Anderson Kill practices law in the areas of Insurance Recovery, Commercial Litigation, Environmental Law, Estate, Trusts and Tax Services, Corporate and Securities, Antitrust, Bankruptcy, Real Estate and Construction, Anti-Counterfeiting, Employment and Labor Law, Captives, Intellectual Property, Corporate Tax, Health Reform and International Business. Recognized nationwide by Chambers USA for Client Service and Commercial Awareness, and best-known for its work in insurance recovery, the firm represents policyholders only in insurance coverage disputes – with no ties to insurance companies and has no conflicts of interest. Clients include Fortune 1000 companies, small and medium-sized businesses, governmental entities, and nonprofits as well as personal estates. Based in New York City, the firm also has offices in Ventura, CA, Stamford, CT, Washington, DC, Newark, NJ and Philadelphia, PA.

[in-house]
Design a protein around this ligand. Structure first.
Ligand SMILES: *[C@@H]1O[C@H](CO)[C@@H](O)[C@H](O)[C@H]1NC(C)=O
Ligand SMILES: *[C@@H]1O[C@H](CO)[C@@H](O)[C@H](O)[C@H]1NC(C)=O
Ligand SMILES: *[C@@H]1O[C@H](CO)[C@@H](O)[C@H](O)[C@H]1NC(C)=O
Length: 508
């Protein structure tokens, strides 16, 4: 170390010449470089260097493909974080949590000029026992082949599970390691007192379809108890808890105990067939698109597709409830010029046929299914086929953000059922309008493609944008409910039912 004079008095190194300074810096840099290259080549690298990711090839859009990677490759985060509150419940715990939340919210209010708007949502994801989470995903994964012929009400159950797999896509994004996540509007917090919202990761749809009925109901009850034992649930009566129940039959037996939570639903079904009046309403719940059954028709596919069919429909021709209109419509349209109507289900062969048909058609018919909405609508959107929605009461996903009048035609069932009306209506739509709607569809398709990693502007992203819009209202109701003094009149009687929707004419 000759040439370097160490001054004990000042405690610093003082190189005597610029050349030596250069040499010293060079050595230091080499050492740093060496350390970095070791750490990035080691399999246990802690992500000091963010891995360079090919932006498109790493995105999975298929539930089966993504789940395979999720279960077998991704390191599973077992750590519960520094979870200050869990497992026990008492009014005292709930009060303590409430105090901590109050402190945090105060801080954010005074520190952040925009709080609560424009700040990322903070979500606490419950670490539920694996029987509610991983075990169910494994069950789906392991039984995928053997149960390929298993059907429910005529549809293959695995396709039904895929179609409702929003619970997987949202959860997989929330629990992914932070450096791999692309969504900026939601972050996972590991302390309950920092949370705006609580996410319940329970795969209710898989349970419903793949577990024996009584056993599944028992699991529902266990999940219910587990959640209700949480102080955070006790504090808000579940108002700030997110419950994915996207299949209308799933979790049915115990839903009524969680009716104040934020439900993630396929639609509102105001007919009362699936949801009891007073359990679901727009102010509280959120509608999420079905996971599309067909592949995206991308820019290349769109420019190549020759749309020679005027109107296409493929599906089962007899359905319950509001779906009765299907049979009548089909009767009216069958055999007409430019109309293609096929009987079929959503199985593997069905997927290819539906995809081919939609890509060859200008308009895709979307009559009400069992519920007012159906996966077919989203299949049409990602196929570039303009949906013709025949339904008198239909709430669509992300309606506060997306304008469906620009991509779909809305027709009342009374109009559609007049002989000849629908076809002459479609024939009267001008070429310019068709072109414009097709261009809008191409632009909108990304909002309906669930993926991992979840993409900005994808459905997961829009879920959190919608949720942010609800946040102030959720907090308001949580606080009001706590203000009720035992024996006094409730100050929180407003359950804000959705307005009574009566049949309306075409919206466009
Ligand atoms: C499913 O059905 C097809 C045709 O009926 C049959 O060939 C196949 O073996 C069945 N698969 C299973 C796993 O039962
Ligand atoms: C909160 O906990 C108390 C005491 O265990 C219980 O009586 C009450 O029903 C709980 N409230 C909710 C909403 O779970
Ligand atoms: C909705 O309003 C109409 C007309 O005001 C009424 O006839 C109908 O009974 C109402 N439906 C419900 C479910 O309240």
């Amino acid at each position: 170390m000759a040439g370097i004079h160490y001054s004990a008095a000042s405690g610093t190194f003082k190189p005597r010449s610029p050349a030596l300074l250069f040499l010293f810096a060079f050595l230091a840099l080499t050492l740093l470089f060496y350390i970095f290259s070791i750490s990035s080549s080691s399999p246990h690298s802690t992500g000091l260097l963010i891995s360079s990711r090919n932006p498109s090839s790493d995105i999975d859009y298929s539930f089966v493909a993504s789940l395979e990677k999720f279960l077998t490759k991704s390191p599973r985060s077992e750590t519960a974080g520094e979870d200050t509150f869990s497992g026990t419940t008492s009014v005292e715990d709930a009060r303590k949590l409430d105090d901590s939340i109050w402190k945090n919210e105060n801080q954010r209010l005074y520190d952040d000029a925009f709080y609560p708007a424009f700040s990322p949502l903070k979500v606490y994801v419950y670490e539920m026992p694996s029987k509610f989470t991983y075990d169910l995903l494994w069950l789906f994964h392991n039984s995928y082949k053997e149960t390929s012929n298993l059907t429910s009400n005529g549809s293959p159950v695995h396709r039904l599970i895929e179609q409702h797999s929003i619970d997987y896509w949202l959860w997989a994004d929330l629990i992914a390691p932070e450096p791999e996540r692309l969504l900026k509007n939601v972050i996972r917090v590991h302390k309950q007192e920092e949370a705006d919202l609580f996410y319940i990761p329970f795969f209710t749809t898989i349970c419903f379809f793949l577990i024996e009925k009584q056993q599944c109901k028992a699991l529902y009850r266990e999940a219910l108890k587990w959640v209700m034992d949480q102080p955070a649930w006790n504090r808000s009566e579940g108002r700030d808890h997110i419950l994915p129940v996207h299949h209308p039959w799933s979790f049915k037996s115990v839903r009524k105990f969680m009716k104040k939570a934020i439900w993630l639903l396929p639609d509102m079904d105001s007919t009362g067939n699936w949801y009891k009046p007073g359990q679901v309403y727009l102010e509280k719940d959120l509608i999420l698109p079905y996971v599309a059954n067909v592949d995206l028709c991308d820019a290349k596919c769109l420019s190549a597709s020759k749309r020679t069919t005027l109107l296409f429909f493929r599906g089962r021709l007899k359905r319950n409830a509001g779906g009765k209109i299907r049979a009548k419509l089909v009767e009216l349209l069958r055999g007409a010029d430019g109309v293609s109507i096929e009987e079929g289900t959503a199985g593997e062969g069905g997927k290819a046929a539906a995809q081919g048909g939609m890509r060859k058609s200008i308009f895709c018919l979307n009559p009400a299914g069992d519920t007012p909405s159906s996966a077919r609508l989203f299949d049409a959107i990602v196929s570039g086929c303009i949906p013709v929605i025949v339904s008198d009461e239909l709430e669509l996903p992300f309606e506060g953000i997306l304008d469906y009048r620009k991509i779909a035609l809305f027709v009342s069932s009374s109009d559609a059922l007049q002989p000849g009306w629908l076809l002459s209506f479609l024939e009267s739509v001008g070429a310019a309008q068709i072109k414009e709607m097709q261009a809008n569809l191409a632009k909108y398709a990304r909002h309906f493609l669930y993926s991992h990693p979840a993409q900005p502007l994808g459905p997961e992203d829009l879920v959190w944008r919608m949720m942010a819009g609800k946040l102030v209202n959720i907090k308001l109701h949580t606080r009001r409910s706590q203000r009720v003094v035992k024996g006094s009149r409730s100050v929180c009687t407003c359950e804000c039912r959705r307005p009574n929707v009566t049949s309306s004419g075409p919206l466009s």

The content of this article is intended to provide a general guide to the subject matter. Specialist advice should be sought about your specific circumstances.

To print this article, all you need is to be registered on Mondaq.com.

Click to Login as an existing user or Register so you can print this article.

Similar Articles
Relevancy Powered by MondaqAI
Lewis Brisbois Bisgaard & Smith LLP
In association with
Related Topics
Similar Articles
Relevancy Powered by MondaqAI
Lewis Brisbois Bisgaard & Smith LLP
Related Articles
Related Video
Up-coming Events Search
Font Size:
Mondaq on Twitter
Mondaq Free Registration
Gain access to Mondaq global archive of over 375,000 articles covering 200 countries with a personalised News Alert and automatic login on this device.
Mondaq News Alert (some suggested topics and region)
Select Topics
Registration (please scroll down to set your data preferences)

Mondaq Ltd requires you to register and provide information that personally identifies you, including your content preferences, for three primary purposes (full details of Mondaq’s use of your personal data can be found in our Privacy and Cookies Notice):

  • To allow you to personalize the Mondaq websites you are visiting to show content ("Content") relevant to your interests.